In the original poem, the rhyming couplet "Tout autour de lat terre / Tout autour de la mer" comes up repeatedly. Although I had originally planned on using the exact same rhyme scheme, I struggled to find a way of translating this couplet in a way in which it would maintain it's initial meaning, but also still rhyme. Eventually I decided to translate it literally, resulting in there being no rhyme. I did this because I thought that the concept of going 'all over the Earth and All over the Sea' was an important one as these two things make up our world. I think that it also helped to give my translation a more distinct efrain, as the refrain is one of the only phrases that does not rhyme.

Whilst translating the poem, I also found that some of the phrases didn't sound completely natural in English. For example, "En sortant de l'école" literally means 'On leaving school', however I didn't think that this was a phrase that the narrators of the original poem (who are children) would naturally say. It was tricky to find what I thought sounded familiar in English, but eventually I came up with'On our way home from school'.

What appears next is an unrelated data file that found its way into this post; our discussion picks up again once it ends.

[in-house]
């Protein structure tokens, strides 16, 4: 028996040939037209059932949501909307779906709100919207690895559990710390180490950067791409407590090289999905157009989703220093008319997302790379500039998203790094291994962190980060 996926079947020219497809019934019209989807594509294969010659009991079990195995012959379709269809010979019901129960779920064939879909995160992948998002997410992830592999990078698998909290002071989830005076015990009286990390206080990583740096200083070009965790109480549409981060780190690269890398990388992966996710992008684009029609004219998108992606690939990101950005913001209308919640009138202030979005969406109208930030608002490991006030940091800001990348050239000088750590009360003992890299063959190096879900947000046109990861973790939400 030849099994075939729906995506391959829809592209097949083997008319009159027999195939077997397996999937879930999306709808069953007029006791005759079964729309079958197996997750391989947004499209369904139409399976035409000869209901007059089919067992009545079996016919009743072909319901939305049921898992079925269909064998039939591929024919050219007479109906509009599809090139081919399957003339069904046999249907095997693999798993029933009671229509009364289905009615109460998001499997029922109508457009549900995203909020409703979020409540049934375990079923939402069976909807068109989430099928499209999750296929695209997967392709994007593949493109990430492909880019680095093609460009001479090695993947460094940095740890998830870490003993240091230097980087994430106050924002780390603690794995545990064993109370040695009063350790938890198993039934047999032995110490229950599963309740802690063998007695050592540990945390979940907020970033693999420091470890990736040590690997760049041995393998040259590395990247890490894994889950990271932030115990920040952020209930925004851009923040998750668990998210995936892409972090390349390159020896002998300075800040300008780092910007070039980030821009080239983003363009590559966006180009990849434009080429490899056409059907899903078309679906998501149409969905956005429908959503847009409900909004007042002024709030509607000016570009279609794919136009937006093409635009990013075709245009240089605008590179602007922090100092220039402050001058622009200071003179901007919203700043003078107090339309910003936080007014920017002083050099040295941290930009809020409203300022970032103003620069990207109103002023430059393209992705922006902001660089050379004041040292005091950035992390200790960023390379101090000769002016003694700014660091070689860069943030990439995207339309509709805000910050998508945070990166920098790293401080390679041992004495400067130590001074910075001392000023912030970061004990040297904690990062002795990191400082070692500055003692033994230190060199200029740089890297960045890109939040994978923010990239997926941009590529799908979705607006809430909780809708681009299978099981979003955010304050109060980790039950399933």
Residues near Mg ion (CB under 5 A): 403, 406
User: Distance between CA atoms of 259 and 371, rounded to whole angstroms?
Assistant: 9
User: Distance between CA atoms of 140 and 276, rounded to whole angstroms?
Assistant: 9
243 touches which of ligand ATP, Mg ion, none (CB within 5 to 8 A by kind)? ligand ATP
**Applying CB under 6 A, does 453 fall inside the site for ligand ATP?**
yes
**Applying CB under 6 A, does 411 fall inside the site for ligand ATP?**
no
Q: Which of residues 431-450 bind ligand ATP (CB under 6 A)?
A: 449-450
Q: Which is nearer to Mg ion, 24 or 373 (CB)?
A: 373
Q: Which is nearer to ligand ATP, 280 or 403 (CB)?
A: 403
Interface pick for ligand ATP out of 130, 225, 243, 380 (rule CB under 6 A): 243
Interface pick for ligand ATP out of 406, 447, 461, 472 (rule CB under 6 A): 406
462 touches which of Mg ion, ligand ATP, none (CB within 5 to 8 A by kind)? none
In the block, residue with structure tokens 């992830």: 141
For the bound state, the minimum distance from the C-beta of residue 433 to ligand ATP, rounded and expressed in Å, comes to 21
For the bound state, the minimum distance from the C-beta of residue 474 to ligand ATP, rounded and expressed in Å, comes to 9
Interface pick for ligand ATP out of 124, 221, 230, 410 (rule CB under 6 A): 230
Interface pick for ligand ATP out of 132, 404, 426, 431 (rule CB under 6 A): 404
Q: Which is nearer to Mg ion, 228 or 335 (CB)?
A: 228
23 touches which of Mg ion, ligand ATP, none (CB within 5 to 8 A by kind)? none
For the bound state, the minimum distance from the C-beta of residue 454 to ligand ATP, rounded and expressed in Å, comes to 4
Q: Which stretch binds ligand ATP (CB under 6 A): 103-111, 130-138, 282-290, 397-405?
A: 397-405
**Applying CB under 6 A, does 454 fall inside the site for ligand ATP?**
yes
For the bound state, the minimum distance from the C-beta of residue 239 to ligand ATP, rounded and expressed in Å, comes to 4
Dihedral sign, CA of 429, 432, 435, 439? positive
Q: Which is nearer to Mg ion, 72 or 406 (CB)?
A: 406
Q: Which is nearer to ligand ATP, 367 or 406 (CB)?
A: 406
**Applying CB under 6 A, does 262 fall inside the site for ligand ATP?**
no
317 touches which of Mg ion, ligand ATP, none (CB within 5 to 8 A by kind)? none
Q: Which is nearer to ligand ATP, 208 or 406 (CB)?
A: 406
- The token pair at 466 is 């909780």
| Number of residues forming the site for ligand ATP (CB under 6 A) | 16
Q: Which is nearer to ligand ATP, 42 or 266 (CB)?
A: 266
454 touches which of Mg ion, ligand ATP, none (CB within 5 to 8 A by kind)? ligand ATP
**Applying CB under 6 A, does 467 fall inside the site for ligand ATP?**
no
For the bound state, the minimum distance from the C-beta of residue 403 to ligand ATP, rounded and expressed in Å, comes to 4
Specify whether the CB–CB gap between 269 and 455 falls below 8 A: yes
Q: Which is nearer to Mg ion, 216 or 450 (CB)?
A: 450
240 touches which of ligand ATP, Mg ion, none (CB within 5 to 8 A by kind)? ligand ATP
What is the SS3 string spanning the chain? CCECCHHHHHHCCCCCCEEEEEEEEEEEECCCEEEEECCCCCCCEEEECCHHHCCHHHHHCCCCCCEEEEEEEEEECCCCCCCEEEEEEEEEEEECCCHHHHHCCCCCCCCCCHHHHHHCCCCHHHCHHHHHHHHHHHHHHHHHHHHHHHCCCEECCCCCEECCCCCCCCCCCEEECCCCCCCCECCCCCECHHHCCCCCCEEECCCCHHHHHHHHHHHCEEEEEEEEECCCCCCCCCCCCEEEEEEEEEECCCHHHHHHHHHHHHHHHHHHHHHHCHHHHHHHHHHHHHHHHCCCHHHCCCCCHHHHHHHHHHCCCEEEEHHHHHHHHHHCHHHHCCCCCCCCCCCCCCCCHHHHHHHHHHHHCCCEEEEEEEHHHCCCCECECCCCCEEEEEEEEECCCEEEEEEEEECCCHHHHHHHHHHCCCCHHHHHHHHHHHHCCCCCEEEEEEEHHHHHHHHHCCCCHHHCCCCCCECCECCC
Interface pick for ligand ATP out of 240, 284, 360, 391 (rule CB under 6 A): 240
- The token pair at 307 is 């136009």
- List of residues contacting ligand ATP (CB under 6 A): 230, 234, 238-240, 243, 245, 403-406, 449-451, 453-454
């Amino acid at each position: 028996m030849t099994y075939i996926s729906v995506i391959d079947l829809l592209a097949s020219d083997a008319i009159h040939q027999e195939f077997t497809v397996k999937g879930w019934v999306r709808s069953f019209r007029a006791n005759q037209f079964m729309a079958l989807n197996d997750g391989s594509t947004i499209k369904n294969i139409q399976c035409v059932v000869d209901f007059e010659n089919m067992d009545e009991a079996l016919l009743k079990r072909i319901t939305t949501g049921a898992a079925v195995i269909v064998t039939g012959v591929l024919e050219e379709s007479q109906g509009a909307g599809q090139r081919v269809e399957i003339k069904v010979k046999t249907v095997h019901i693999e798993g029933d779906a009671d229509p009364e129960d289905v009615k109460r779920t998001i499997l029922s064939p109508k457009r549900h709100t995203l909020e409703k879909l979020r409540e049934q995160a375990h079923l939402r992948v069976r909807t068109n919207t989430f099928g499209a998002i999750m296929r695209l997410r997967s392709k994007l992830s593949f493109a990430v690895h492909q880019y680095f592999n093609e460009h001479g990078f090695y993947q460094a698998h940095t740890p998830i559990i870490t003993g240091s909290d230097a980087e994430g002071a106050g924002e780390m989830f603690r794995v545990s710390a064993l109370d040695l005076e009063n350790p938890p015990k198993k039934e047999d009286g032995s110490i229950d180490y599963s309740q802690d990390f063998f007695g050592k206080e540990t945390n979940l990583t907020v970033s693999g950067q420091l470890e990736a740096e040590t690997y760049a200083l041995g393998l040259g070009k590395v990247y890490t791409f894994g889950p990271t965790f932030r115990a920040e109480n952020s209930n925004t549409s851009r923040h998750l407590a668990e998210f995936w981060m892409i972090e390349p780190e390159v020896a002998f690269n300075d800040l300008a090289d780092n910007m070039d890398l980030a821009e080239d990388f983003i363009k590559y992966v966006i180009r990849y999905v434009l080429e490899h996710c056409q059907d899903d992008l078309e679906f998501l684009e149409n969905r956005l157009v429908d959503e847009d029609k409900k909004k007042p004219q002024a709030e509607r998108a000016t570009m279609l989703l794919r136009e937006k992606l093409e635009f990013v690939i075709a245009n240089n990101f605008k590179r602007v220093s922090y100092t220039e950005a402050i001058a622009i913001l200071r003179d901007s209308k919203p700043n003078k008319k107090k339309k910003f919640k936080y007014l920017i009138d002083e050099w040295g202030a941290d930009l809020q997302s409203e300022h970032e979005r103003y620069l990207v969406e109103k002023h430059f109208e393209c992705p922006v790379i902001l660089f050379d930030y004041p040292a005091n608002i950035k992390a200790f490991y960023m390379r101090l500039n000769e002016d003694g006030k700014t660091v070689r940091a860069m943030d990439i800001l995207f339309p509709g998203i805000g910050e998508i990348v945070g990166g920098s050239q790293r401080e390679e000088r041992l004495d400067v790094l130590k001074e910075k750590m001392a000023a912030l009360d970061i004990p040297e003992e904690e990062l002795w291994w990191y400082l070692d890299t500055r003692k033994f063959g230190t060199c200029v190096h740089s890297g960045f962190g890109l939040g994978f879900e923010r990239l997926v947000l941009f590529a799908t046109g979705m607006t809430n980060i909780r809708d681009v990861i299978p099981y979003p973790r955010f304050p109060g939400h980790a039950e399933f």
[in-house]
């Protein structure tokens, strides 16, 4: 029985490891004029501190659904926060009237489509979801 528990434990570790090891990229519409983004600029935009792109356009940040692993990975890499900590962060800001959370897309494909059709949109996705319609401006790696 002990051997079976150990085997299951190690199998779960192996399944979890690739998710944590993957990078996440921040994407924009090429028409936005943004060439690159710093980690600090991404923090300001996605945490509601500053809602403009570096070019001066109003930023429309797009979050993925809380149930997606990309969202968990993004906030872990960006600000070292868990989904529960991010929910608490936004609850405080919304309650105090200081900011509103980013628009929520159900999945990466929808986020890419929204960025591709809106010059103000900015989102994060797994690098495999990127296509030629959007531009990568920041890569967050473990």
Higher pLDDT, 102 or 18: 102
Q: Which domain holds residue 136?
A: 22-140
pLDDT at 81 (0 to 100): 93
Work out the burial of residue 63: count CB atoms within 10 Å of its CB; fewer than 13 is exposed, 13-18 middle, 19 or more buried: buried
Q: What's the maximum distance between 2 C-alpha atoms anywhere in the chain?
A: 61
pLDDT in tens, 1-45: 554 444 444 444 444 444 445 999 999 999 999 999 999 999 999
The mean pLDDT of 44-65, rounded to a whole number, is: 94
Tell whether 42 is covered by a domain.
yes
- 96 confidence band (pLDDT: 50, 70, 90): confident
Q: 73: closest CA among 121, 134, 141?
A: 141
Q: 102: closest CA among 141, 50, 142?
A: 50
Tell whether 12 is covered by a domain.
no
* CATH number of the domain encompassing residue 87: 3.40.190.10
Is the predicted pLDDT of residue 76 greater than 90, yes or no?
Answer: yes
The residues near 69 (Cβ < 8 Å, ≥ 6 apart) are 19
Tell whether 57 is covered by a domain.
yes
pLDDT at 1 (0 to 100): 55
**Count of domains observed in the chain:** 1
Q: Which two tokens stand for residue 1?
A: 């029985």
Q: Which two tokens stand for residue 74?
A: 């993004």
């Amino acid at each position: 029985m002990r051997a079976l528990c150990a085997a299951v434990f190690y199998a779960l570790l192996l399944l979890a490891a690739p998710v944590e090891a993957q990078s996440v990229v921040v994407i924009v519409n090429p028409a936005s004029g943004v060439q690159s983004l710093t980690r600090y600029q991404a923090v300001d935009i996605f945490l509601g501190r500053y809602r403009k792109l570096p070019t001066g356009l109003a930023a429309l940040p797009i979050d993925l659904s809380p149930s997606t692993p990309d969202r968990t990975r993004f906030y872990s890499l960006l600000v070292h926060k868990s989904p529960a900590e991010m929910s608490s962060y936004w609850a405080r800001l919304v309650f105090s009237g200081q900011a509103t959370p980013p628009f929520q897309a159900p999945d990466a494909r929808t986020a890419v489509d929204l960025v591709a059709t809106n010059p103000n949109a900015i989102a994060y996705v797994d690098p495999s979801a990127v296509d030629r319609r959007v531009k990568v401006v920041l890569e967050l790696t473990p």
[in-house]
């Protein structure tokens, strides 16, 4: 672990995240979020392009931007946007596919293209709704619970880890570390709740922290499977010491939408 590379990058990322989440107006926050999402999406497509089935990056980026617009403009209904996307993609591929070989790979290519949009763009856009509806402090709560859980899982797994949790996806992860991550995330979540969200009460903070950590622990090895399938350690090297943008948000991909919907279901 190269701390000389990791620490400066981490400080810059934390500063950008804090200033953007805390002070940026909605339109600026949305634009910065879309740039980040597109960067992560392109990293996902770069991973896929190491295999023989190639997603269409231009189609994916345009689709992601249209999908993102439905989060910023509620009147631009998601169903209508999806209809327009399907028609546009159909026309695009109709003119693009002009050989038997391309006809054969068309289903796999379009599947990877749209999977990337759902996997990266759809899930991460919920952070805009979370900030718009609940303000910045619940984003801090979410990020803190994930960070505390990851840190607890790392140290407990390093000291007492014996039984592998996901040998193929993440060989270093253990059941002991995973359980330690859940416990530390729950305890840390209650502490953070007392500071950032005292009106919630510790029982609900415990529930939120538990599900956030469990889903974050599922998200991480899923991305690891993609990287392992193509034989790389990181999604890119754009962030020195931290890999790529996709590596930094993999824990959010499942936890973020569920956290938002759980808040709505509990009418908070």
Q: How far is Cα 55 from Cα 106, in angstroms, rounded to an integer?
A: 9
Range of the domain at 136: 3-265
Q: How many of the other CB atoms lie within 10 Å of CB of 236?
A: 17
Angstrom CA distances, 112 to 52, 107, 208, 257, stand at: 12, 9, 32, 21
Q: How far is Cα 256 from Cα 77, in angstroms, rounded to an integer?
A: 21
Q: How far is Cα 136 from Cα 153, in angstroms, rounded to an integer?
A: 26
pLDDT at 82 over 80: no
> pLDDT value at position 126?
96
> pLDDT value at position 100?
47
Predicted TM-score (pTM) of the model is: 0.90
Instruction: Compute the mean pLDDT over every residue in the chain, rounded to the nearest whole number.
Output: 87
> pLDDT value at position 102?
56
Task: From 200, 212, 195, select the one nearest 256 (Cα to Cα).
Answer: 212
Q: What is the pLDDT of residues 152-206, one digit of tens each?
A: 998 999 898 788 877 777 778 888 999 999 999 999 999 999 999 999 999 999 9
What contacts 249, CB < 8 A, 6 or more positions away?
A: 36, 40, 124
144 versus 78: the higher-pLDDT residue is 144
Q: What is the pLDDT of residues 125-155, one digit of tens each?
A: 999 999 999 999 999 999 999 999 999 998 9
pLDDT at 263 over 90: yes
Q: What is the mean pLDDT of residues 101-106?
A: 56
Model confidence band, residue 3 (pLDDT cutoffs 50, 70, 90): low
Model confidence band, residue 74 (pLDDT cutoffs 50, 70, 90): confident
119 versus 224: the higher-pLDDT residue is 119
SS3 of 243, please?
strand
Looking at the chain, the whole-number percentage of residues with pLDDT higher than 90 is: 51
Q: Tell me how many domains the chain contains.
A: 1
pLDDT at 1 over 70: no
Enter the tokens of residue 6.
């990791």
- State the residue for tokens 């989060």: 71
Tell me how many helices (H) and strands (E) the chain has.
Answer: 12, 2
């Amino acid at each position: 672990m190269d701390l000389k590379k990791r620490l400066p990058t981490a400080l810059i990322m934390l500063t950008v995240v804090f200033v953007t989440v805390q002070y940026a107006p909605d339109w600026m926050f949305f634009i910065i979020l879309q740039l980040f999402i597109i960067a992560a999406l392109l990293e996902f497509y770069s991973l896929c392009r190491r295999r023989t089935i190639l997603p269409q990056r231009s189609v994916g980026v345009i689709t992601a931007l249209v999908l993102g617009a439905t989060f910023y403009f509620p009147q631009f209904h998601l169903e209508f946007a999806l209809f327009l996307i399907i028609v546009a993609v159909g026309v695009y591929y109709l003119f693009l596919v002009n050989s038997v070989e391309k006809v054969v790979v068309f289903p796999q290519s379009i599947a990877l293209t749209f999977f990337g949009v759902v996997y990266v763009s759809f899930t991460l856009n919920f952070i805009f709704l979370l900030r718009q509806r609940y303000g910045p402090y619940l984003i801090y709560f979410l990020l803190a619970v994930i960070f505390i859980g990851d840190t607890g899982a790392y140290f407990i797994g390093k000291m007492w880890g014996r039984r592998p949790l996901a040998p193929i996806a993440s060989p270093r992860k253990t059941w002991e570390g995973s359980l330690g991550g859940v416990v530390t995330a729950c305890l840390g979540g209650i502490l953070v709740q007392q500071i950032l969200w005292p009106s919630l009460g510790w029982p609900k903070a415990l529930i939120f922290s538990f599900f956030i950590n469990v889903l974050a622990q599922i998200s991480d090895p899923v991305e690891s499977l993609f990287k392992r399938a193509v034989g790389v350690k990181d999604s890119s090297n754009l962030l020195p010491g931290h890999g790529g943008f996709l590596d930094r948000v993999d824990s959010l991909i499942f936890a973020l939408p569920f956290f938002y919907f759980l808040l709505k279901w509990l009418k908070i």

On some parts of my translation, I had to change an actual noun entirely, in order to maintain the original rhyme scheme. Such as when I changed 'sea urchins' to 'langoustines'. However I tried to be careful to choose a new noun which still conveyed the same feeling as the previous one.

I also made a conscious decision not to find out more about Jacques Prévert, as I wanted to translate his poem entirely on its own merits, in order to keep my 13 year-old's perspective on what I interpreted to be a poem about the wonders and freedom of childhood.

I intentionally used capital letters in the personification of things such as the seasons and the sea, because it helped to exaggerate the illusion of these things being like people.

Natasha Symes